Review by Jim Bonner
Would you believe me if I told you that during my use of Knightly Weaponry Play that my ten-month-old baby headbutted me and bruised my face? I am well aware that Antelope Hill is not liable for this injury, but I also can’t help but feel that this book channeled some metaphysical warrior energy into my home. To me, this is not merely hyperbole because the physicality of Knightly Weaponry Play invites this interpretation in its presence, and in that way, it is unlike anything else available in our sphere at the moment. It is a sturdy, hardback book which is well-bound for use ‘in the field’, so to speak. The horizontal configuration is ideal for people gathering around it while practicing. The pages are large and full of glossy, active illustrations of sword-fighting techniques. The text that accompanies the illustrations is simple and easy to understand as a translation from the original German. Overall, it is in almost every way a success as an ‘updated reprint.’
Since the book is an ‘updated reprint’ of a manual used by Interwar boys’ organizations similar to the Scouts, it struck me that to write a fair review would require actively performing the techniques, not just reading the text. To this end, my wife found herself volunteered and about to be handed a make-shift sword (walking stick). However, before any participation on her part could occur, she fortuitously found herself pregnant. The quality of the review had been put into jeopardy. However, in short order, (and entirely by providence it seemed) one of my neighbors left a punching bag in their yard with a sign that read: ‘free – please take.’ After duct-taping a broom to the punching bag, I felt confident that I would be able to justly review this book to the best of my ability. So I opened the text.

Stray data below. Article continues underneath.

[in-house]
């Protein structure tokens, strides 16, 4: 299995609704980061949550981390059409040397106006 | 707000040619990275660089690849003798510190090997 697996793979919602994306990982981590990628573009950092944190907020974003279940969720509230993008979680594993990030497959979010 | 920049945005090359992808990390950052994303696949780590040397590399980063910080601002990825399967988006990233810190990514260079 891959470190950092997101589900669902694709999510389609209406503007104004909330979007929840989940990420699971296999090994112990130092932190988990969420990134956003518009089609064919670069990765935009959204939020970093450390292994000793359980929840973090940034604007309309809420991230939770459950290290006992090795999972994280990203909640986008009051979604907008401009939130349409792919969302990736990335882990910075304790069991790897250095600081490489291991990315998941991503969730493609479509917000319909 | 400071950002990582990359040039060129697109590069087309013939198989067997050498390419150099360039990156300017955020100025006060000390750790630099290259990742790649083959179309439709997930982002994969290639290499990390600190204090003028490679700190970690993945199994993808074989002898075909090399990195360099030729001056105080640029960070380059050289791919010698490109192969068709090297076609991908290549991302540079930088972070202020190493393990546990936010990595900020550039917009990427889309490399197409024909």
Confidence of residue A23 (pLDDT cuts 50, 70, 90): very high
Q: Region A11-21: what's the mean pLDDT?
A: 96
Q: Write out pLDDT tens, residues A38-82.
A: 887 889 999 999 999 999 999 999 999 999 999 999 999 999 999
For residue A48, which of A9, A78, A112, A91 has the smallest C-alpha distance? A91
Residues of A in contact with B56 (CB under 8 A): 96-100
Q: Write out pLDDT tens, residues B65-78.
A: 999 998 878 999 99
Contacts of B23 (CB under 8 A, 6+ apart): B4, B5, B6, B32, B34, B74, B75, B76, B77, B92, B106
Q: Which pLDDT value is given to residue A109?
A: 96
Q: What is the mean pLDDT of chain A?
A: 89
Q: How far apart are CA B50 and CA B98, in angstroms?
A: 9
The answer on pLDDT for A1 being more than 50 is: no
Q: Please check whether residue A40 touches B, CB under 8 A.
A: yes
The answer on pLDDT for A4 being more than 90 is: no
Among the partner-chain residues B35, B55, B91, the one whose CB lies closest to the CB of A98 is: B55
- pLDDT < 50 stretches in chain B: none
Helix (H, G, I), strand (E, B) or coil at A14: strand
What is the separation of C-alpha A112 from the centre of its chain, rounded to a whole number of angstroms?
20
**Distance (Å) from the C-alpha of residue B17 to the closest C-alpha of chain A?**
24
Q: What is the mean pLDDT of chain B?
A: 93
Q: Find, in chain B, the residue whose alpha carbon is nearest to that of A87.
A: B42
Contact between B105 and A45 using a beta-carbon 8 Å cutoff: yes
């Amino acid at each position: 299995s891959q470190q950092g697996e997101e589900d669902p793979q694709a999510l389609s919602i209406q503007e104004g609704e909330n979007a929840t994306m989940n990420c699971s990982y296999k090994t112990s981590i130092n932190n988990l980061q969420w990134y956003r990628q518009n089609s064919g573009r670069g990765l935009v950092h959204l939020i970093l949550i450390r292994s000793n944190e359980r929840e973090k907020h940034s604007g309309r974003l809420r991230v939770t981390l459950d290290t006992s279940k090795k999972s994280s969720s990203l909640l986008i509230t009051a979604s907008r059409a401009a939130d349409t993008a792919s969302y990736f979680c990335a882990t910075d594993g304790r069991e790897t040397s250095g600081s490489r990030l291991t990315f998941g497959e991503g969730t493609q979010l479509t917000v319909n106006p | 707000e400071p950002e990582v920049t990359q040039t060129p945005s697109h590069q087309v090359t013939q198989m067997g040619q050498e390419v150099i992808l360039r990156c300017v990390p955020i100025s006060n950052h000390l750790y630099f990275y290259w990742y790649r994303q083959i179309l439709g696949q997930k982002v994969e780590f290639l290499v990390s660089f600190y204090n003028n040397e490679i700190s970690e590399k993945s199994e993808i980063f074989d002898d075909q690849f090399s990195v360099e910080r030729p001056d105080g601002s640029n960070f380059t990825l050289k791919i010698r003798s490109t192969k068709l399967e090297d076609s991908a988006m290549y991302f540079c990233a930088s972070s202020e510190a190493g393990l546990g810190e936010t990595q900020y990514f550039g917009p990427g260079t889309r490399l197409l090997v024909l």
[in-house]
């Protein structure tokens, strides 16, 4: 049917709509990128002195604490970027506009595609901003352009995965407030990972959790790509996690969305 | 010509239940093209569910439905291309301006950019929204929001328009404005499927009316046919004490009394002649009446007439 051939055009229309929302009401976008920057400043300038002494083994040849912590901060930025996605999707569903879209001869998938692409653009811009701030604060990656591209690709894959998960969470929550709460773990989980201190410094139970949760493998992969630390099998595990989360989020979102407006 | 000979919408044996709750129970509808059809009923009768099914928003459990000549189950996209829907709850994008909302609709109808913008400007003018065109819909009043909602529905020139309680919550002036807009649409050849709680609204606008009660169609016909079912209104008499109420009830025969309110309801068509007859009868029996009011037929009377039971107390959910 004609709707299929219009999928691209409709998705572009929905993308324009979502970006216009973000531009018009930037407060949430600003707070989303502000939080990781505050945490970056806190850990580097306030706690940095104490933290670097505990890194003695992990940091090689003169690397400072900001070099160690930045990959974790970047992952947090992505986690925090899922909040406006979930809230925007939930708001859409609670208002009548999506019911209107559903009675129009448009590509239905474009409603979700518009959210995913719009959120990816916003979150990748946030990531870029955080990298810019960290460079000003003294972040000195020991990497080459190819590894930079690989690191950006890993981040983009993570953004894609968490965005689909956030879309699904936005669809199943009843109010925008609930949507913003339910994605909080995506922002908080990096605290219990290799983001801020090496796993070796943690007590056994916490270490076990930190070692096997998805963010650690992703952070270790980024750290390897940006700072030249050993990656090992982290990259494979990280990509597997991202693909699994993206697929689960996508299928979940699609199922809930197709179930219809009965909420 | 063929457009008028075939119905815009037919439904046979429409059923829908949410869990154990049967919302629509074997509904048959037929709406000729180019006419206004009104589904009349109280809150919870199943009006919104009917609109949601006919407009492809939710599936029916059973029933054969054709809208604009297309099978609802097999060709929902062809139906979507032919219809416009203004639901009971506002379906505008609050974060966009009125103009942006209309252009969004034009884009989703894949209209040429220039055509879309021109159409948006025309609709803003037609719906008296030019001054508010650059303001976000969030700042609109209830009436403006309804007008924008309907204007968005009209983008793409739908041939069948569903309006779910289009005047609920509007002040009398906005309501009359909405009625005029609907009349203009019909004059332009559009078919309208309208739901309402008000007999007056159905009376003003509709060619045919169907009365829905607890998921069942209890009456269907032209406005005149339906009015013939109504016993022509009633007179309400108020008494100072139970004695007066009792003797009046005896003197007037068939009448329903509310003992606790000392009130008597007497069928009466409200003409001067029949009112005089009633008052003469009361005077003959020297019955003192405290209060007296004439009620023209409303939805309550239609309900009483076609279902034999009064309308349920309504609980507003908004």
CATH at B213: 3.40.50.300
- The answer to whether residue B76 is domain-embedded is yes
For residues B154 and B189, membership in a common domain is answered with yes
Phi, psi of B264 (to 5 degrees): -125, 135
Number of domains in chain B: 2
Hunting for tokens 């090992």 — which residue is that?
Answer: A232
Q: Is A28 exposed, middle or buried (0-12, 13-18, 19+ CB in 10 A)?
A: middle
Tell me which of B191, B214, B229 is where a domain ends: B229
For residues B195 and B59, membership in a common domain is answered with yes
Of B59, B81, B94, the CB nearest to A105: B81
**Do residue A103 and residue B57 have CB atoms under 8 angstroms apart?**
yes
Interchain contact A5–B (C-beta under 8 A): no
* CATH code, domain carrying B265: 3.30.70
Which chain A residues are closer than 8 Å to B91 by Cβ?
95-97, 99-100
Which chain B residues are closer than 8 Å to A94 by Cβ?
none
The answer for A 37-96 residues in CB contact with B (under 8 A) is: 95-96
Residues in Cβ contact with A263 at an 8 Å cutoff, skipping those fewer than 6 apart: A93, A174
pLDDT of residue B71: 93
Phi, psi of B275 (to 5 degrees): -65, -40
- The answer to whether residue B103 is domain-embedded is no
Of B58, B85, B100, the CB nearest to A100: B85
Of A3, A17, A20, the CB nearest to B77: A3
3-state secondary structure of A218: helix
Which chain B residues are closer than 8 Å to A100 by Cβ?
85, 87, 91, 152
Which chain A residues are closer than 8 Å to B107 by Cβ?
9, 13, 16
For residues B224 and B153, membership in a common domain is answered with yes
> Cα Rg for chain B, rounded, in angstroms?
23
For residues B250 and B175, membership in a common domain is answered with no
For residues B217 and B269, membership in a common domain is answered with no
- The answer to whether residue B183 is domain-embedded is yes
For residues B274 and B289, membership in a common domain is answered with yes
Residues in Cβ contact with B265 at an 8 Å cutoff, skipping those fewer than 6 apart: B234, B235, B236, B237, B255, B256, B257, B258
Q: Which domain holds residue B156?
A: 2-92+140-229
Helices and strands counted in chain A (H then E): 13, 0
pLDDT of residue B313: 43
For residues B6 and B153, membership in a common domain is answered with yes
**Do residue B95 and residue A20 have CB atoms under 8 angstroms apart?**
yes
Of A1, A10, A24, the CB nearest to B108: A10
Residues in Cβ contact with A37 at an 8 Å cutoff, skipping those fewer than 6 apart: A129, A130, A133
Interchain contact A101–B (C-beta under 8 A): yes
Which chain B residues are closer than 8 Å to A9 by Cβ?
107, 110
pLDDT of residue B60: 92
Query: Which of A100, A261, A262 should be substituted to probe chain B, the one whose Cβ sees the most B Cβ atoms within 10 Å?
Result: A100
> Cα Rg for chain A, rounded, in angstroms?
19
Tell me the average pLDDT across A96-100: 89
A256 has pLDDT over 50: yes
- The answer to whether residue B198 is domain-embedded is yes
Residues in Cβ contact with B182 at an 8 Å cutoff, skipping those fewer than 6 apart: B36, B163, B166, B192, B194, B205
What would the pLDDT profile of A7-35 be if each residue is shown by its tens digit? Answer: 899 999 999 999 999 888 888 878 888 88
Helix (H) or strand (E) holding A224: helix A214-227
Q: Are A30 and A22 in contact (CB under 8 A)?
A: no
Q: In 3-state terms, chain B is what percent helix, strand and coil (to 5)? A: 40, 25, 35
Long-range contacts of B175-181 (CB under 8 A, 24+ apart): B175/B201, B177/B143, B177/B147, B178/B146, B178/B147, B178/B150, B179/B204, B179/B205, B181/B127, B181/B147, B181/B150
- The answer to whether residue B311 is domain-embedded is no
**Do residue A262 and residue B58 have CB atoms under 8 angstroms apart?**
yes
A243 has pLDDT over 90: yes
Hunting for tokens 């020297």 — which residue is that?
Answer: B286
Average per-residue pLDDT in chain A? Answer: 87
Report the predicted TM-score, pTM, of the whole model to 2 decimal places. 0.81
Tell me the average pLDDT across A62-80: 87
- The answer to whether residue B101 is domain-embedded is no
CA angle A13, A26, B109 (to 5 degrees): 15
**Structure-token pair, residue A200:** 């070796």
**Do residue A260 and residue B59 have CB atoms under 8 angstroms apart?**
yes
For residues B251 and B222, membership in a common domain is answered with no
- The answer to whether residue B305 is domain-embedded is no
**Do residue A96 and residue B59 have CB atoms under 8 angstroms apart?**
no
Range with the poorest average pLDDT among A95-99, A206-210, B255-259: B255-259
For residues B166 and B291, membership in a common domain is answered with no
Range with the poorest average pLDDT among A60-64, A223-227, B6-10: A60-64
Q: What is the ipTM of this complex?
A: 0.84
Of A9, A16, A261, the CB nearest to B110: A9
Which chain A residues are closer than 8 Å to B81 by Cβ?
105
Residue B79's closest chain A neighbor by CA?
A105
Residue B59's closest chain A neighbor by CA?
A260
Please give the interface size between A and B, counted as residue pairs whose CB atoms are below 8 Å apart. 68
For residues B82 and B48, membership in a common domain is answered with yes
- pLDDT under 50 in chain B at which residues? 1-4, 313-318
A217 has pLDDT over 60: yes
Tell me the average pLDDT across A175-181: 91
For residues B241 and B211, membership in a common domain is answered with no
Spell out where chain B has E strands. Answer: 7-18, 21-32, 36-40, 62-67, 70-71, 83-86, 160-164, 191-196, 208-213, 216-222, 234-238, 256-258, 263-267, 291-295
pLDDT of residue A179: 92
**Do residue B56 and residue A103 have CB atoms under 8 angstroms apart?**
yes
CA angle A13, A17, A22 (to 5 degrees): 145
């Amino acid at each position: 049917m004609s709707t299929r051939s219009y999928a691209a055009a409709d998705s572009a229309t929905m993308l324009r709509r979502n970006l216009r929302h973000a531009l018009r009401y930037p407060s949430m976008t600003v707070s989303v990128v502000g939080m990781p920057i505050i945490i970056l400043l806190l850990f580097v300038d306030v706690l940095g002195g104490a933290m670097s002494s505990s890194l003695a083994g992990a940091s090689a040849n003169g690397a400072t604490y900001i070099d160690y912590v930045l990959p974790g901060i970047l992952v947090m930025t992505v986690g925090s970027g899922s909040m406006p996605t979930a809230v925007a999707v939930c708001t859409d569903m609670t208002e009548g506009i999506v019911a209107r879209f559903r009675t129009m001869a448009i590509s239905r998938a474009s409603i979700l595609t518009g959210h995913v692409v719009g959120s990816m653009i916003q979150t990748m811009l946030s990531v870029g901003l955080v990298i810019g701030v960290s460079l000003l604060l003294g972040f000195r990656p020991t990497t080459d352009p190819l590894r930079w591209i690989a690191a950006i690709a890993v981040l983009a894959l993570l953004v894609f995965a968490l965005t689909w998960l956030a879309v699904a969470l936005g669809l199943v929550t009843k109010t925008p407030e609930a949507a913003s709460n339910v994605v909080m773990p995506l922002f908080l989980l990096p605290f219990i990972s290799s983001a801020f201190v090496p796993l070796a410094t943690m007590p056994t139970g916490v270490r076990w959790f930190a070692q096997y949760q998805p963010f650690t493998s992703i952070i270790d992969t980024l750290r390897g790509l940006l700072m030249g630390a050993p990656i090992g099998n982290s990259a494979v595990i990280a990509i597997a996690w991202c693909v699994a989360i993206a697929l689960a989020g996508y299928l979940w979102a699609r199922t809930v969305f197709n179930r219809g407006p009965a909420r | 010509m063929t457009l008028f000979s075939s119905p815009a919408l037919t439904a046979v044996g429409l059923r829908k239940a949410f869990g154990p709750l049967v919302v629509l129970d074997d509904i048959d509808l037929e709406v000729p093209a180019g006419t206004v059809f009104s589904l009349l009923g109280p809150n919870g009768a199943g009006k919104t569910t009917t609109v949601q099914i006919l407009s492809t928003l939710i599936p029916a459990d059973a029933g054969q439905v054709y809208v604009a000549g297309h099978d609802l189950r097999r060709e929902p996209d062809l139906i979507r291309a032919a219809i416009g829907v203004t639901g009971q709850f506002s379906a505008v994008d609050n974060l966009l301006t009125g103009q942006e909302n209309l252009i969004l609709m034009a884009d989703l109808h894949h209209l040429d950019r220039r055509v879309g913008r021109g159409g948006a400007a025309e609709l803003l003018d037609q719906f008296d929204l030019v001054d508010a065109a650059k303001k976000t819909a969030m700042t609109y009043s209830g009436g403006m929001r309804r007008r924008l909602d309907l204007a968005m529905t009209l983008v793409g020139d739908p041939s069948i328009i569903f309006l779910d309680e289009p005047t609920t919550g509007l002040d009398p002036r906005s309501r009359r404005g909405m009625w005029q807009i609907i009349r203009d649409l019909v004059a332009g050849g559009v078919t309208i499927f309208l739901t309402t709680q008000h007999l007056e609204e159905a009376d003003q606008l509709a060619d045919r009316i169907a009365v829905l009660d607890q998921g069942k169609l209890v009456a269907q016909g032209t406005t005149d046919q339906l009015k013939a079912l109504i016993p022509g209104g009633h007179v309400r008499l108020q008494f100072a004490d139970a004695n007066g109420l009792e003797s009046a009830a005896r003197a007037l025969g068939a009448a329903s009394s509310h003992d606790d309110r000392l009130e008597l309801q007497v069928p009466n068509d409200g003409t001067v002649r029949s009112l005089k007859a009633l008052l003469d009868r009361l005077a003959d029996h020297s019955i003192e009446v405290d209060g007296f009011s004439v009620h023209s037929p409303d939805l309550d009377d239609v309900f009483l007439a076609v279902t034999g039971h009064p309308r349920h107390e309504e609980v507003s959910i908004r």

After the history and intent of the text is laid out by the translator and editor, Jeffrey Hull, the reader takes a step back in time to the 1935 introduction where the author, Wilhelm Fabricius, begins laying down the theory behind the actions. This is something sorely neglected by so many things that affect our youth today – in a world of superheroes, magical powers like ‘the force’, and countless narratives involving ‘chosen ones’, the tedious and often frustrating process of practicing a skill is ignored. Even more ignored is the reality that practicing something effectively requires correct theory and often reassuring mentorship, which is why this book would be an excellent bonding opportunity between father and child. It requires moments of calm contemplation and understanding before careful and repeated execution; martial arts in European style – theory giving way to praxis.
Furthermore, knowing how to fight is steadily becoming more critical than almost any other skill or knowledge for our People, especially for youth who are thrust into school penitentiaries. Knightly Weaponry Play does an excellent job at making this harsh truth ‘fun’ by contextualizing it as a European-style martial art. This is less ‘history fetish’ or propaganda than it is an aid to real, culture-building bonds between families and friends. When I stated earlier that this book is ‘unlike anything else available in our sphere at the moment’, I meant this: for something to be so practical in so many ways and not wallow in depressing statistics or ‘calls to arms’ is to be commended and encouraged. The book does not rely on nuance or subtlety of argument, nor does it attempt to openly bombast our values – no – its strength lies in the fact that this accessibly encourages activity that promotes healthy development of physique and psyche. This is something beyond ideology – beyond politics or beliefs.